President Eisenhower told a press conference today that he could not tell if the death or incapacitation of Premier Stalin would alter the “anti-Semitic situation” in the Soviet Union.
The President said this in response to a question which asked if he expected a worsening or improvement in the “anti-Semitic situation” in Russia in view of “what seems to be the inevitable change in Russian leadership.” Mr. Eisenhower replied that, of course, he could not tell what would happen but that he found Soviet action against the Jewish people to be deplorable and heartbreaking.
He pointed out that, in a way, it was depressing for one like him who had so much experience with the Nazi horror camps of World War II. He said that Jews in Europe were reduced to almost nothing in the German camps. Of the current situation, he said he found it rather depressing, adding, as an afterthought, that it was even worse than depressing–it was heartbreaking.
The President admitted that he was frankly puzzled as to whether his saying anything about Soviet anti-Semitism would help the situation or make it worse. Despite this, he indicated that the United States and the free world deplored Soviet anti-Semitism and hoped for some way to end it, although he made no specific recommendations.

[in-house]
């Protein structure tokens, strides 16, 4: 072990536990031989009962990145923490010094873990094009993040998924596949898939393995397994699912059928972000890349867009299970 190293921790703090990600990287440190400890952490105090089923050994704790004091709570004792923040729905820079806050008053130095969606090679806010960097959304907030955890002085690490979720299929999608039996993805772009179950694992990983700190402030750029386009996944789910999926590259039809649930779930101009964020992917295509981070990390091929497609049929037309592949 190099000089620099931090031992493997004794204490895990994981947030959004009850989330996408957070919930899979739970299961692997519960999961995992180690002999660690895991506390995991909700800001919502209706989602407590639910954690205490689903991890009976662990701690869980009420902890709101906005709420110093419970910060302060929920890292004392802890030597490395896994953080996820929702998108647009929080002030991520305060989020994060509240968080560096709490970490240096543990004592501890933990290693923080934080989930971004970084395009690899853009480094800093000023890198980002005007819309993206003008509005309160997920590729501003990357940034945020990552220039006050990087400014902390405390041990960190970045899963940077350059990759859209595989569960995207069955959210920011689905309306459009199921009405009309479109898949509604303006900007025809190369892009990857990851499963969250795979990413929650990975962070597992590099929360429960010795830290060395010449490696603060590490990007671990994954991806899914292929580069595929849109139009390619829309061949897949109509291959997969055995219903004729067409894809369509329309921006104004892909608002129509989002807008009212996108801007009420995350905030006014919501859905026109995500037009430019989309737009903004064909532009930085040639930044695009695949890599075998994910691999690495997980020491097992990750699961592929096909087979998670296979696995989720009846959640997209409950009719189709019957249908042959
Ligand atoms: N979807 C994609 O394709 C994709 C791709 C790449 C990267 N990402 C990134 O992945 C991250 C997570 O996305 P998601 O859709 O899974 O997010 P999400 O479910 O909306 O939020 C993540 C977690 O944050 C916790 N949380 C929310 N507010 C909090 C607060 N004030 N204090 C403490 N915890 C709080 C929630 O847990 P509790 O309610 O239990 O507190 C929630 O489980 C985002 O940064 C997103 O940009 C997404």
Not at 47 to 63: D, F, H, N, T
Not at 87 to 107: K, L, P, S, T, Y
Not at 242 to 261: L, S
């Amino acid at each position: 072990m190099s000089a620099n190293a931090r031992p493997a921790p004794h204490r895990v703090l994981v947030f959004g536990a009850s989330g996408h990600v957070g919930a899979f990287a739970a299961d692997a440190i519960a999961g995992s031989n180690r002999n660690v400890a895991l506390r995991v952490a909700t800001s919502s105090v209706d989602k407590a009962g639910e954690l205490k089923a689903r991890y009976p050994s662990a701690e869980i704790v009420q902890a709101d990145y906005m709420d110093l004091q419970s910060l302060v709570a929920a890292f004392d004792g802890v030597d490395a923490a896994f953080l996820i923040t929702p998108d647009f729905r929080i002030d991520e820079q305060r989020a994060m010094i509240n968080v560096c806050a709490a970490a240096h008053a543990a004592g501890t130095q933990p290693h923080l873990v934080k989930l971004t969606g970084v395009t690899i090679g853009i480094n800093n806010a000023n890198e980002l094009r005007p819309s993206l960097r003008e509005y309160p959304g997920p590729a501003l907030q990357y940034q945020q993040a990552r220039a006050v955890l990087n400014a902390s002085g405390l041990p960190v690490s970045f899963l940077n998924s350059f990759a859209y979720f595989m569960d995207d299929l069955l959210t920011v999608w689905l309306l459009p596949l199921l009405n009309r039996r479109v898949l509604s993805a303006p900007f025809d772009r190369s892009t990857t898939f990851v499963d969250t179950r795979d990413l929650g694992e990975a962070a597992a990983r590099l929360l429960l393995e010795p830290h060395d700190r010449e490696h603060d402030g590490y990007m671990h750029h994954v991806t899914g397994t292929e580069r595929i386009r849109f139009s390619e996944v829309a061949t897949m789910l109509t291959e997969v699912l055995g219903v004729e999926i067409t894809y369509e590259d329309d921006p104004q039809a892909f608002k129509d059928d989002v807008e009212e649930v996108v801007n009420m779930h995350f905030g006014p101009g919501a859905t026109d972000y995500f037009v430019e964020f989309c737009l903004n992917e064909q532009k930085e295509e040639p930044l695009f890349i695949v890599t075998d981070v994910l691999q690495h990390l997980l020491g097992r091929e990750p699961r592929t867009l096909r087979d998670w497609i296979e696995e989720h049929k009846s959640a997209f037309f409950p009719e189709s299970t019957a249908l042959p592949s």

The question of what effect Premier Stalin’s condition might have on Soviet policy was discussed by President Eisenhower this morning at a meeting at the White House with Jess Moss, National Commander of the Jewish War Veterans. This meeting took place immediately before the press conference at which Mr. Eisenhower spoke out on the subject. Mr. Moss told reporters after talking with Mr. Eisenhower that he was not at liberty to divulge what the President told him.
(In Moscow, Chief Rabbi Jacob Schleifer today proclaimed a day of fast and prayers for Stalin. Spiritual heads of other faiths have issued similar proclamations.)
The Archive of the Jewish Telegraphic Agency includes articles published from 1923 to 2008. Archive stories reflect the journalistic standards and practices of the time they were published.